Whale Goes South
I rebuilt one rusty brake, one rusty bearing set, repaired the master cylinder (thankfully during a warm spell) while Barbara cooked and froze dinners for a two-week outing. We put the trailer tongue on the bathroom scales. 135 lbs. Oh my. Everything on the front bunk," says I. 76 cans of soda, 10 gallon jugs of water, one carton of canned food. Our big Danforth and our clothes. 280 lbs. - that's better. "Lets see this sucker fishtail now.
We left NH on Sunday, March 9 at 8 p.m., since I like to drive at night and Barbara had a Confirmation class to teach from 6 to 8. GW bridge at 12:30 and SNOW. New Jersey was a little slushy but we drove out of the snow into rain and kept heading south.
Launched on Anna Maria Island at 2pm on Tuesday March 10. We have a relative there with a freezer to make ice for us. We returned there every 5 days for ice and food supplies. The temperature was in the 80's most days so the bimini was used all the time. All but one day had winds strong enough to make us concentrate on sailing. No screamers but no siestas either. It rained (poured) two different nights but we had our "prairie schooner" cover (a blue tarp that goes over the pop top and bimini) up so we were dry in the cockpit. We first sailed south in the Gulf of Mexico to Venice, a 40 mile trip. The winds were favorable and we did it in a day (after not sailing for 6 months we find that "Whale" insists on sailing long days in the beginning.) Venice has a lively town dock that you can tie up to for free. We know 3 people who live in the area so each trip to Florida has started with Venice as our first destination. Our hope was to continue to travel south to Charlotte Harbor, Kao Costa State park and even Fort Myers.
After arriving late Wednesday afternoon, we listened to the weather report. Thursday's predictions were for winds 20 to 25 mph from the south and a strong front coming through on Thursday night or Friday morning. So we headed back north to Tampa Bay and our favorite anchorage - De Soto National Memorial. The property is edged with beach that is accessible sun up to sun down - for free. That was 15 miles back. (I told you "Whale" sails hard in the beginning. After a lazy Friday (waiting for the front to clear) and Saturday morning, we stocked up on ice and food and headed north. Our first night anchoring was in St. Petersburg across Tampa Bay just of the Sunshine Skyway Bridge. Sunday morning we headed up the intercoastal waterway. Our VHF didn't work so we couldn't call the first bridge tender.
Our solution- take down the mast. One bridge and we headed out into the Gulf again. The goal for the day was Caledesi Island. It was one page further than Barbara thought so it wound up being another 30 mile day. We arrived just before dinner.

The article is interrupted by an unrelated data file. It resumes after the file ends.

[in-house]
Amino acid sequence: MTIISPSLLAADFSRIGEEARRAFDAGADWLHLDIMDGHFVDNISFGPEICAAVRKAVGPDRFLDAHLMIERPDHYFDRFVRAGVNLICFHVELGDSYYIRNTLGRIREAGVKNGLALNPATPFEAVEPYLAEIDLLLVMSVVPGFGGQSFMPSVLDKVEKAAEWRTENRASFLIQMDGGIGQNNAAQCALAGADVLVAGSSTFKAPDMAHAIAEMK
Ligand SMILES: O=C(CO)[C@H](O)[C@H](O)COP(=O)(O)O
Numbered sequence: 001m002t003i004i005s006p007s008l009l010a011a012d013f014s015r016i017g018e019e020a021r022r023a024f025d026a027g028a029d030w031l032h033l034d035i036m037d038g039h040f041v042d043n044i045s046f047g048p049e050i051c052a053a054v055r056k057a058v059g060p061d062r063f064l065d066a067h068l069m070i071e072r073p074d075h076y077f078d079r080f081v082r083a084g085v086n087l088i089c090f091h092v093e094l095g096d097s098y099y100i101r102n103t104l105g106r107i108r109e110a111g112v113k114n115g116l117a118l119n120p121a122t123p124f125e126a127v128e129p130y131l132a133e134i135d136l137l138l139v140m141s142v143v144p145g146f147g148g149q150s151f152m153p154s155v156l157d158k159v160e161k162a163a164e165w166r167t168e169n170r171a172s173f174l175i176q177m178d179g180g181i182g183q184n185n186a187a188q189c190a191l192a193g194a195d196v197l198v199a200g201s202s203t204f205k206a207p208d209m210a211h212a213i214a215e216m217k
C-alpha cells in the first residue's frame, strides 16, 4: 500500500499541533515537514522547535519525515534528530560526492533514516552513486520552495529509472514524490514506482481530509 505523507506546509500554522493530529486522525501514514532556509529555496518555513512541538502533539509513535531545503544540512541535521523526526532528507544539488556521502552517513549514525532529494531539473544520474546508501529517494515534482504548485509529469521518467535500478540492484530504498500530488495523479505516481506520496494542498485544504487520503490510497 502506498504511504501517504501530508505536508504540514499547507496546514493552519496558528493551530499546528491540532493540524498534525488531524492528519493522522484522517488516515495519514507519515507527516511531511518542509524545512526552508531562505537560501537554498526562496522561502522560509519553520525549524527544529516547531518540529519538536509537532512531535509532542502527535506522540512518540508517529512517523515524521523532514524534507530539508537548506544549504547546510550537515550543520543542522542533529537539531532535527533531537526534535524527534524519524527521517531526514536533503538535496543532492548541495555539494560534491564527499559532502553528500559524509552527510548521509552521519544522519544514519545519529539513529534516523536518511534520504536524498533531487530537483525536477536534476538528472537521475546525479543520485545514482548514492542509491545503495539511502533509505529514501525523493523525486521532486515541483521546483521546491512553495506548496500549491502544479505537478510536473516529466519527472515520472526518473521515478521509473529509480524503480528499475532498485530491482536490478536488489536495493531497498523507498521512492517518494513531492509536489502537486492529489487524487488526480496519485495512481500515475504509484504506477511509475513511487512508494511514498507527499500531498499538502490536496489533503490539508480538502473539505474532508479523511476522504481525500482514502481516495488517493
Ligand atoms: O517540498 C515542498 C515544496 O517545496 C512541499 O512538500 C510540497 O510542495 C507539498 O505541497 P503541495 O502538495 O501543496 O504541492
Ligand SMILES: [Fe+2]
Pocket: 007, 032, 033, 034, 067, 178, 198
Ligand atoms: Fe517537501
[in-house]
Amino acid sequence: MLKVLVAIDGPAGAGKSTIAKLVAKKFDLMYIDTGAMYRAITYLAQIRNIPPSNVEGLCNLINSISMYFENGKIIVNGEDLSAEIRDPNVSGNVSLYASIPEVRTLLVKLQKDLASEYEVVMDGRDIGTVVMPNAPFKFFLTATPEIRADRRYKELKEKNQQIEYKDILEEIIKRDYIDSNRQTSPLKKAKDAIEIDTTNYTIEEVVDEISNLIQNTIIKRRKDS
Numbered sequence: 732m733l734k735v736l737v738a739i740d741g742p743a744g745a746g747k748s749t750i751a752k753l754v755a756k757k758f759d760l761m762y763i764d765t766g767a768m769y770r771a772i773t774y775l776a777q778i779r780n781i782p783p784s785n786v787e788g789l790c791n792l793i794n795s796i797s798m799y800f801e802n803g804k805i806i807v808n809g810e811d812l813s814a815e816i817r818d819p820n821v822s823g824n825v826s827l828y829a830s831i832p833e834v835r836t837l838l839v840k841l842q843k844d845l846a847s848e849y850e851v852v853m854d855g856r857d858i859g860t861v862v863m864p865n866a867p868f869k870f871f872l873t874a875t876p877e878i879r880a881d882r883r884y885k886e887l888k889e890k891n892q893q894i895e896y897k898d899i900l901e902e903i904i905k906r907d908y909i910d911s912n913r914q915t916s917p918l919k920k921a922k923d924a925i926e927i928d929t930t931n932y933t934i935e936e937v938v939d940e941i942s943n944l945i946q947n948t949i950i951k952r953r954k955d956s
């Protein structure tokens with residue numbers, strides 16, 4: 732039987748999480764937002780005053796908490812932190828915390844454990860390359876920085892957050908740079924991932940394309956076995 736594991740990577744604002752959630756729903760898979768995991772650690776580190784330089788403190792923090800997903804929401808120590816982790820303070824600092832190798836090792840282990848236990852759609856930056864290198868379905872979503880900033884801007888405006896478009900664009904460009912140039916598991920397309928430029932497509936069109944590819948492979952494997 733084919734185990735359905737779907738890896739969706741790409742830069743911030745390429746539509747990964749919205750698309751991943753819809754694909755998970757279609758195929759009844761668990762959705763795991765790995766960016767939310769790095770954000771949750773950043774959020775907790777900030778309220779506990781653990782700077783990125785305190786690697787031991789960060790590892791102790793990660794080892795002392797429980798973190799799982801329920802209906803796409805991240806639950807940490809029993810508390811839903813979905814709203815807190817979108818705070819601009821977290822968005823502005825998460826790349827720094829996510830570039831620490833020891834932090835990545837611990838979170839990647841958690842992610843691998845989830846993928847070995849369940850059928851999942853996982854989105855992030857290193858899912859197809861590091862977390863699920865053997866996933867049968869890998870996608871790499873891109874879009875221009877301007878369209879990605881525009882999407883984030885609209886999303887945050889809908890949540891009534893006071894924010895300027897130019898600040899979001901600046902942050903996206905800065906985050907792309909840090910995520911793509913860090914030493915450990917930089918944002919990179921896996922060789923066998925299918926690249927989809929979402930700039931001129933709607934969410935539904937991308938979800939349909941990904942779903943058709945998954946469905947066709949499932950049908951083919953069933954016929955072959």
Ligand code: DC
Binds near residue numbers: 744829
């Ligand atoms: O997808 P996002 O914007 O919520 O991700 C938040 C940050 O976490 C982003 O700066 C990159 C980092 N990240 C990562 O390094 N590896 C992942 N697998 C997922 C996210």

This is Barbara's idea of heaven. The island is a State Park. On the inland side there is a very protected marina for 100 boats. The best part is that most people come for the day. If you want to spend the night it costs you $8.88. There was one other boat there. Other than the marina there are bathrooms, an outdoor shower (cold water only) and a boardwalk to the Gulf. After dinner we walked to the beach, did some bird watching and then watched the sun set. After it got dark we could see the comet. (one of the first evenings you could see it.)
We headed back south on Monday morning to Pass-a-Grill and another quiet anchorage off an uninhabited barrier island. Tuesday sent us scurrying back to De Soto Memorial as the winds pecked up before the next front came through. We stocked up on Wednesday night - spent Thursday on shore and headed out Friday with the goal of exploring Tampa Bay. The problem is t hat the bay is so large and shallow around the edges that it is hard to sail close to shore and if the wind blows 20 to 25 (which it seems to most days) the bay develops "a moderate chop" as NOAA weather describes it.
Saturday we finally got to St. Petersburg center-about a 12 mile sail from the anchorage at the Sunshine Skyway Bridge and about 17 miles back to De Soto (a 30 mile a day in about 5 hours with a reefed main and small jib.)We spent a quiet Sunday at De Soto and headed out Monday, March 24th at 2p. m. for home. We encountered our first major unforeseen difficulty at 8 p. m. when the car wouldn't start after getting gas. The tow truck driver was a sailor so we talked about sailing instead of our t5roubles. We got to sleep aboard one more night in the repair shop yard and were back on the road with a new alternator at 9:30 the next morning (very fortunate). We arrived home at 3 pm. on Wednesday.
Guess what, the boat didn't fishtail. Above 65 mph it would bob around a little but didn't effect the car. The last thing I heard from "Whale". When I was putting her away was "Good job. OK you can have a month off.